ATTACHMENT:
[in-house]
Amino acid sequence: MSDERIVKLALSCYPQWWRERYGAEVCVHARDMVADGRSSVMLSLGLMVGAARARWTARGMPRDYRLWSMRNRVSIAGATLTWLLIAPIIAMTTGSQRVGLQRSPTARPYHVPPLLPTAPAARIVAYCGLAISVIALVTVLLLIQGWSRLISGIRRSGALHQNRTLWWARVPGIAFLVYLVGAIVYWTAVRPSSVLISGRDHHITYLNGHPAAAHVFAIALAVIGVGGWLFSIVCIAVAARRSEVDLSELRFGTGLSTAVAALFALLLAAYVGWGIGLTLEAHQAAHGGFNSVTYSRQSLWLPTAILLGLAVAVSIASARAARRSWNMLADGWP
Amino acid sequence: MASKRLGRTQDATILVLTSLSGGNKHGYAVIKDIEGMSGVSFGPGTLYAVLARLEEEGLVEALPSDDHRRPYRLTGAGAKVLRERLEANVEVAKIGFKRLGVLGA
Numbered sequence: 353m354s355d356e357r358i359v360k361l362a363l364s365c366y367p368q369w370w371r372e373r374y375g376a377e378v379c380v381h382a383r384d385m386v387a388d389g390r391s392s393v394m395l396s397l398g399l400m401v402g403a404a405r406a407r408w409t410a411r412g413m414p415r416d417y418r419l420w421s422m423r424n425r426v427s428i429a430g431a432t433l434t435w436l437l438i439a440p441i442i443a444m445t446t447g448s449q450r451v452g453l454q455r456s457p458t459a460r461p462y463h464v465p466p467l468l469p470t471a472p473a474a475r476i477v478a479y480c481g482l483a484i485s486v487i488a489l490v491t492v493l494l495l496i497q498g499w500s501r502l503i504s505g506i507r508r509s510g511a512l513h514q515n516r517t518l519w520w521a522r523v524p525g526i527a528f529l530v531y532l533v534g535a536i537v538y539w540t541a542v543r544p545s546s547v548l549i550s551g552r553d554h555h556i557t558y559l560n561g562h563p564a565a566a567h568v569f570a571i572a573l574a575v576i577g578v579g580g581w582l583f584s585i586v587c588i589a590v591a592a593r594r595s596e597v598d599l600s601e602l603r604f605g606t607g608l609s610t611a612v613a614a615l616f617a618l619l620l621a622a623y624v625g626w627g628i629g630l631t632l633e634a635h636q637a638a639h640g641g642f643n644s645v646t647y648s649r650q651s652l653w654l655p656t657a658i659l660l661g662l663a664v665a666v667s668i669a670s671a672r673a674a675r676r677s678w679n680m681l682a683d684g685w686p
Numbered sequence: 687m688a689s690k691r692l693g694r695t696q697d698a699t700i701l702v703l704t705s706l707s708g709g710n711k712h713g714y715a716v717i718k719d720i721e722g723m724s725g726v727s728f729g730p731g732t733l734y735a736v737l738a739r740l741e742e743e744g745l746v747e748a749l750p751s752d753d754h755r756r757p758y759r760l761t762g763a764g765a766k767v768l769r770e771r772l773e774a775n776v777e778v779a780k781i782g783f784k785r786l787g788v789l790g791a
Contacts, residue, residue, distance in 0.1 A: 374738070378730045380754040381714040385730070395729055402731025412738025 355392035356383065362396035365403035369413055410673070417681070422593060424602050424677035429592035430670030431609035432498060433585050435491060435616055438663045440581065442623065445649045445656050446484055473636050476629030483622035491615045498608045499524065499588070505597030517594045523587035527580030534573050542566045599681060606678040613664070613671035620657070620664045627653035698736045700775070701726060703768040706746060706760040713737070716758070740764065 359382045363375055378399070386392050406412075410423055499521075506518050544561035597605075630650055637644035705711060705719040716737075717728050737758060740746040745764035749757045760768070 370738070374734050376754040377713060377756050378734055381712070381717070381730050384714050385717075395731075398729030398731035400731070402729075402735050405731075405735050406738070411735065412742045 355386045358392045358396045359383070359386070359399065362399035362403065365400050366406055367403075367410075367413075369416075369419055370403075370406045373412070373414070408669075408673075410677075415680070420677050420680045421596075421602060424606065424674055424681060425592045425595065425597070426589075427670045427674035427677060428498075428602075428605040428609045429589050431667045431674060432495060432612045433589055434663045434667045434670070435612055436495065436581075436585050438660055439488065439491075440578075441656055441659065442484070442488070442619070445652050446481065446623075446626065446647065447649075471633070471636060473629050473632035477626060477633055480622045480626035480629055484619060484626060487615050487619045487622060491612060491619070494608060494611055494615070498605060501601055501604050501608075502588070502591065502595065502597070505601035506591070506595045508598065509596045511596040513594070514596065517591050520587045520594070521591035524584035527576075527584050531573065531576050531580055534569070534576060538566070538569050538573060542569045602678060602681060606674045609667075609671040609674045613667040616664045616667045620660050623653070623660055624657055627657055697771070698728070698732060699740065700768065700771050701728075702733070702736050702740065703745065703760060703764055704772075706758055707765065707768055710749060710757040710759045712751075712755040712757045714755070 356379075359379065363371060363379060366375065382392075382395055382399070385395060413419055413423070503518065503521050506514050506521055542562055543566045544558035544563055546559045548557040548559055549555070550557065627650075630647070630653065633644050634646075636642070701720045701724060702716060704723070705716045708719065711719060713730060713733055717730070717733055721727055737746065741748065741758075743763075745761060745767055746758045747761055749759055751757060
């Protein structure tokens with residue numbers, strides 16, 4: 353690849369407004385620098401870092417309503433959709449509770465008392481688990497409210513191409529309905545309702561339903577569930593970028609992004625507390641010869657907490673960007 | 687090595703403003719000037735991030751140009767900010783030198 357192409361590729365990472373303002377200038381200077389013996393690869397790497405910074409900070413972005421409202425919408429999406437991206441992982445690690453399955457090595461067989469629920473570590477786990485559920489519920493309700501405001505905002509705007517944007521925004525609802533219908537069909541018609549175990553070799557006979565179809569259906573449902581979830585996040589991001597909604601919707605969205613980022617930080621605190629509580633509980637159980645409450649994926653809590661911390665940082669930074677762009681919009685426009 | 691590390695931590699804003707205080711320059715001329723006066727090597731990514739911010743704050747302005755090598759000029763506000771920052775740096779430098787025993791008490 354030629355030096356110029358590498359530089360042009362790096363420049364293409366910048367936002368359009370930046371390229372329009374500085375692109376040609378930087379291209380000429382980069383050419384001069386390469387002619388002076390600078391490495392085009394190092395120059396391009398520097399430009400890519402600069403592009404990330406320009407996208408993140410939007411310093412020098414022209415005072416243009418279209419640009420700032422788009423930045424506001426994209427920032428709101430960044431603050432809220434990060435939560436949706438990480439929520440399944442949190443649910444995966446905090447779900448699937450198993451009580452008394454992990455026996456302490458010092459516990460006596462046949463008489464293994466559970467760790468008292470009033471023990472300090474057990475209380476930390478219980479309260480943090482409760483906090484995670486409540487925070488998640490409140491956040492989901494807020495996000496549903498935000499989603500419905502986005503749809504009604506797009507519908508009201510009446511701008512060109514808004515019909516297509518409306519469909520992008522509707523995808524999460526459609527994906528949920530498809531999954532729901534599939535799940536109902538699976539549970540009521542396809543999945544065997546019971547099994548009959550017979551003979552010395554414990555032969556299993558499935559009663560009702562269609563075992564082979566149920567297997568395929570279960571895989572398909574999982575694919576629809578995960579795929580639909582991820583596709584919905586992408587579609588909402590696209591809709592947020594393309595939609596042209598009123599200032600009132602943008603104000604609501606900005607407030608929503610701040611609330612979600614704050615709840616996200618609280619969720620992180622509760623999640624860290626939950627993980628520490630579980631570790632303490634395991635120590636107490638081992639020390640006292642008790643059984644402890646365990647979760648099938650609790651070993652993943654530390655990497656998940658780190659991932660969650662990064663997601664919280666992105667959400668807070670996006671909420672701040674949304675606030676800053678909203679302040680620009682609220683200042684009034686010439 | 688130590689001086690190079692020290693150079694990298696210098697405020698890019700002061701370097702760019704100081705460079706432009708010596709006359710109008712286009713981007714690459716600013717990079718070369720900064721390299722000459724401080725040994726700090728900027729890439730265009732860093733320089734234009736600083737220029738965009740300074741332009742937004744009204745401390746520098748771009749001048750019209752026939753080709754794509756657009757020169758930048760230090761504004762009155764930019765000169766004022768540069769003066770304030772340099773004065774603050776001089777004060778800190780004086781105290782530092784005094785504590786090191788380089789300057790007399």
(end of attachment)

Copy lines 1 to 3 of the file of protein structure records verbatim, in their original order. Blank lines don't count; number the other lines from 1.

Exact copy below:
[in-house]
Amino acid sequence: MSDERIVKLALSCYPQWWRERYGAEVCVHARDMVADGRSSVMLSLGLMVGAARARWTARGMPRDYRLWSMRNRVSIAGATLTWLLIAPIIAMTTGSQRVGLQRSPTARPYHVPPLLPTAPAARIVAYCGLAISVIALVTVLLLIQGWSRLISGIRRSGALHQNRTLWWARVPGIAFLVYLVGAIVYWTAVRPSSVLISGRDHHITYLNGHPAAAHVFAIALAVIGVGGWLFSIVCIAVAARRSEVDLSELRFGTGLSTAVAALFALLLAAYVGWGIGLTLEAHQAAHGGFNSVTYSRQSLWLPTAILLGLAVAVSIASARAARRSWNMLADGWP
Amino acid sequence: MASKRLGRTQDATILVLTSLSGGNKHGYAVIKDIEGMSGVSFGPGTLYAVLARLEEEGLVEALPSDDHRRPYRLTGAGAKVLRERLEANVEVAKIGFKRLGVLGA